Partner: Bartłomiej Noszczyk

Medical University of Warsaw (PL)

Recent publications
1.Wencel A., Zakrzewska K.E., Samluk A., Noszczyk B.H., Pijanowska D.G., Pluta K.D., Dried human skin fibroblasts as a new substratum for functional culture of hepatic cells, ACTA BIOCHIMICA POLONICA, ISSN: 0001-527X, DOI: 10.18388/abp.2016_1481, Vol.64, No.2, pp.357-363, 2017

The primary hepatocytes culture is still one of the main challenges in toxicology studies in the drug discovery process, development of in vitro models to study liver function, and cell-based therapies. Isolated hepatocytes display a rapid decline in viability and liver-specific functions including albumin production, conversion of ammonia to urea, and activity of the drug metabolizing enzymes. A number of methods have been developed in order to maintain hepatocytes in their highly differentiated state in vitro. Optimization of culture conditions includes a variety of media formulations and supplements, growth surface coating with the components of extracellular matrix or with synthetic polymers, three-dimensional growth scaffolds and decellularized tissues, and coculture with other cell types required for the normal cell-cell interactions. Here we propose a new substratum for hepatic cells made by drying confluent human skin fibroblasts’ culture. This growth surface coating, prepared using maximally simplified procedure, combines the advantages of the use of extracellular matrices and growth factors/cytokines secreted by the feeder layer cells. In comparison to the hepatoma cells grown on a regular tissue culture plastic, cells cultured on the dried fibroblasts were able to synthesize albumin in larger quantities and to form greater number of apical vacuoles. Unlike the coculture with the living feeder layer cells, the number of cells grown on the new substratum was not reduced after fourteen days of culture. This fact could make the dried fibroblasts coating an ideal candidate for the substrate for non-dividing human hepatocytes.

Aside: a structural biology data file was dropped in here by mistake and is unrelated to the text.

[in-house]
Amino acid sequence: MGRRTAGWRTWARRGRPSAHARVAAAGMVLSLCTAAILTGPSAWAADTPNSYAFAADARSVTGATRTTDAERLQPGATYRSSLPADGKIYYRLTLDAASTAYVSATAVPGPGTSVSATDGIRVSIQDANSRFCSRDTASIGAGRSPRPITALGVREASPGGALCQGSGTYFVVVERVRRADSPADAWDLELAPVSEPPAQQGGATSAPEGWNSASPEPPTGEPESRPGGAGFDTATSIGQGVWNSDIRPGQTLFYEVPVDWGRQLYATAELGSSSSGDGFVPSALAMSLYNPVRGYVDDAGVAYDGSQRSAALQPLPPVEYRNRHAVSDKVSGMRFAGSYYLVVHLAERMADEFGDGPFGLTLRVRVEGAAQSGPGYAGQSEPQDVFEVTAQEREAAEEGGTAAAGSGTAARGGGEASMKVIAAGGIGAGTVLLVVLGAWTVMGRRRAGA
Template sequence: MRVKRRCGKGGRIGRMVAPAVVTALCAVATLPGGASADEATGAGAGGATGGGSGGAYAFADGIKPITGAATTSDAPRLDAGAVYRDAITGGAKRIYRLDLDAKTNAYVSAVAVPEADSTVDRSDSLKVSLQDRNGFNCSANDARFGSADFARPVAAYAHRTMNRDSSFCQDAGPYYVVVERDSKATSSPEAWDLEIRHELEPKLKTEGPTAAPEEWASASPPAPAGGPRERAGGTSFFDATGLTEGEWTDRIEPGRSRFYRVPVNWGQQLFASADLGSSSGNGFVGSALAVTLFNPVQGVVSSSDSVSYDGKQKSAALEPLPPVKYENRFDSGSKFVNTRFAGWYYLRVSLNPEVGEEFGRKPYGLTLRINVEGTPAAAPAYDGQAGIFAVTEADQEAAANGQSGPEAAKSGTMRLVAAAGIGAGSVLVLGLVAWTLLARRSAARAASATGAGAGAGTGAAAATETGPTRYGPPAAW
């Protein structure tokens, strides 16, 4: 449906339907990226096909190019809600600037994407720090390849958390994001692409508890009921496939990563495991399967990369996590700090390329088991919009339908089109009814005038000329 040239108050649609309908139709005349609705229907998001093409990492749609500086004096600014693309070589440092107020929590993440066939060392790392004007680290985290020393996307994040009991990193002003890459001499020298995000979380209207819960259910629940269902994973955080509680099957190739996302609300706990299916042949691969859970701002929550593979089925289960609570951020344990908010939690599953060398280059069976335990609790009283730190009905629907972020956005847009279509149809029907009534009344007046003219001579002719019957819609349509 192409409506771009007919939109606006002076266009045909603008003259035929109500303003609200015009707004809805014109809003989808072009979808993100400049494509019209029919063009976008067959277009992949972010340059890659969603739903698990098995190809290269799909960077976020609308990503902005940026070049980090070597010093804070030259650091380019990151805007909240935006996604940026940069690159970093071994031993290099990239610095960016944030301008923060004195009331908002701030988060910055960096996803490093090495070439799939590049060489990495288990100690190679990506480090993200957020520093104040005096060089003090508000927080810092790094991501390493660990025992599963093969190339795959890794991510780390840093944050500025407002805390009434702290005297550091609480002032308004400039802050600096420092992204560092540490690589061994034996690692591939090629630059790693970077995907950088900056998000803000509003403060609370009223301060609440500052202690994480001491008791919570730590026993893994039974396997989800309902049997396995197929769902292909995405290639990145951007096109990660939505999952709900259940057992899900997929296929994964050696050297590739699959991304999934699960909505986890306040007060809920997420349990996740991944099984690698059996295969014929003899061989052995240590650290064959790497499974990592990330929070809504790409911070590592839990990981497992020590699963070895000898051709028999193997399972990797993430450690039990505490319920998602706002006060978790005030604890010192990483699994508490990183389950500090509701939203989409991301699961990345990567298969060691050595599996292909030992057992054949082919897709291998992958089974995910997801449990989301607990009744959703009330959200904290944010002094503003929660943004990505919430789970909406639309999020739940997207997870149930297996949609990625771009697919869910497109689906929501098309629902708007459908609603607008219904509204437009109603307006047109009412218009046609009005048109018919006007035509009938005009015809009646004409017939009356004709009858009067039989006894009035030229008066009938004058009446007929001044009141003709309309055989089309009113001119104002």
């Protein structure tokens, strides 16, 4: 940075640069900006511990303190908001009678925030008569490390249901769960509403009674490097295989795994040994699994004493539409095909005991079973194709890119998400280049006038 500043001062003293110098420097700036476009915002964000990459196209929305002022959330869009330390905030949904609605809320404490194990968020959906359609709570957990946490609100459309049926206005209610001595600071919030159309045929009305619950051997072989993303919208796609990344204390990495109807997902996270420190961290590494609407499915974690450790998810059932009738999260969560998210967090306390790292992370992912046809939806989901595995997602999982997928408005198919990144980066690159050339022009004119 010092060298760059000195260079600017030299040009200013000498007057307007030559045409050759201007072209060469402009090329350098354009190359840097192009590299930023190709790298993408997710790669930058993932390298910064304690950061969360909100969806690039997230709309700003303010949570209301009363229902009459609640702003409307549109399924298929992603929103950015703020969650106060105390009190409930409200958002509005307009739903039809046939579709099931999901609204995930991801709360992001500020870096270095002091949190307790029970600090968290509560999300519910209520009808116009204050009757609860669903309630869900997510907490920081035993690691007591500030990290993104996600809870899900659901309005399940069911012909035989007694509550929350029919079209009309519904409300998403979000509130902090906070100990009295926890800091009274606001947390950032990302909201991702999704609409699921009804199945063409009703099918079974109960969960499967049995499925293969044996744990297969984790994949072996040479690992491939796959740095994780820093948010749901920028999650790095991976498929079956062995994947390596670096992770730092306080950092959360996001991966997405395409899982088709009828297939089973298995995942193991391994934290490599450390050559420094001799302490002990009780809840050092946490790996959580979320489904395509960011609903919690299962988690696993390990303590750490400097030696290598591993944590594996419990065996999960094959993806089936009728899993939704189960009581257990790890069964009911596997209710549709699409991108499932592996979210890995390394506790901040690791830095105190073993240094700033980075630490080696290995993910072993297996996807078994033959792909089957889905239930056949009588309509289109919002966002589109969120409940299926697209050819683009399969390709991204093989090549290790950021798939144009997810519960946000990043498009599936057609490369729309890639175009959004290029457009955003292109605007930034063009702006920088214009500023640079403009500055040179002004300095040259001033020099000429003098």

cocultures, culture substratum, dried fibroblasts, human skin fibroblasts, C3A cells

Wencel A.-Nałęcz Institute of Biocybernetics and Biomedical Engineering, Polish Academy of Sciences (PL)
Zakrzewska K.E.-other affiliation
Samluk A.-Nałęcz Institute of Biocybernetics and Biomedical Engineering, Polish Academy of Sciences (PL)
Noszczyk B.H.-Medical University of Warsaw (PL)
Pijanowska D.G.-Nałęcz Institute of Biocybernetics and Biomedical Engineering, Polish Academy of Sciences (PL)
Pluta K.D.-Nałęcz Institute of Biocybernetics and Biomedical Engineering, Polish Academy of Sciences (PL)
2.Noszczyk B.H., Kowalczyk T., Łyżniak M., Zembrzycki K., Mikułowski G., Wysocki J., Kawiak J., Pojda Z., Biocompatibility of electrospun human albumin: a pilot study, Biofabrication, ISSN: 1758-5082, DOI: 10.1088/1758-5090/7/1/015011, Vol.7, pp.015011-1-11, 2015

Albumin is rarely used for electrospinning because it does not form fibres in its native globular form. This paper presents a novel method for electrospinning human albumin from a solution containing pharmaceutical grade protein and 25% polyethylene oxide (PEO) used as the fibre-forming agent. After spontaneous cross-linking at body temperature, with no further chemicals added, the fibres become insoluble and the excess PEO can be washed out. Albumin deposited along the fibres retains its native characteristics, such as its non-adhesiveness to cells and its susceptibility for degradation by macrophages. To demonstrate this we evaluated the mechanical properties, biocompatibility and biodegradability of this novel product. After subcutaneous implantation in mice, albumin mats were completely resorbable within six days and elicited only a limited local inflammatory response. In vitro, the mats suppressed cell attachment and migration. As this product is inexpensive, produced from human pharmaceutical grade albumin without chemical modifications, retains its native protein properties and fulfils the specific requirements for anti-adhesive dressings, its clinical use can be expedited. We believe that it could specifically be used when treating paediatric patients with epidermolysis bullosa, in whom non-healing wounds occur after minor hand injuries which lead to rapid adhesions and devastating contractures.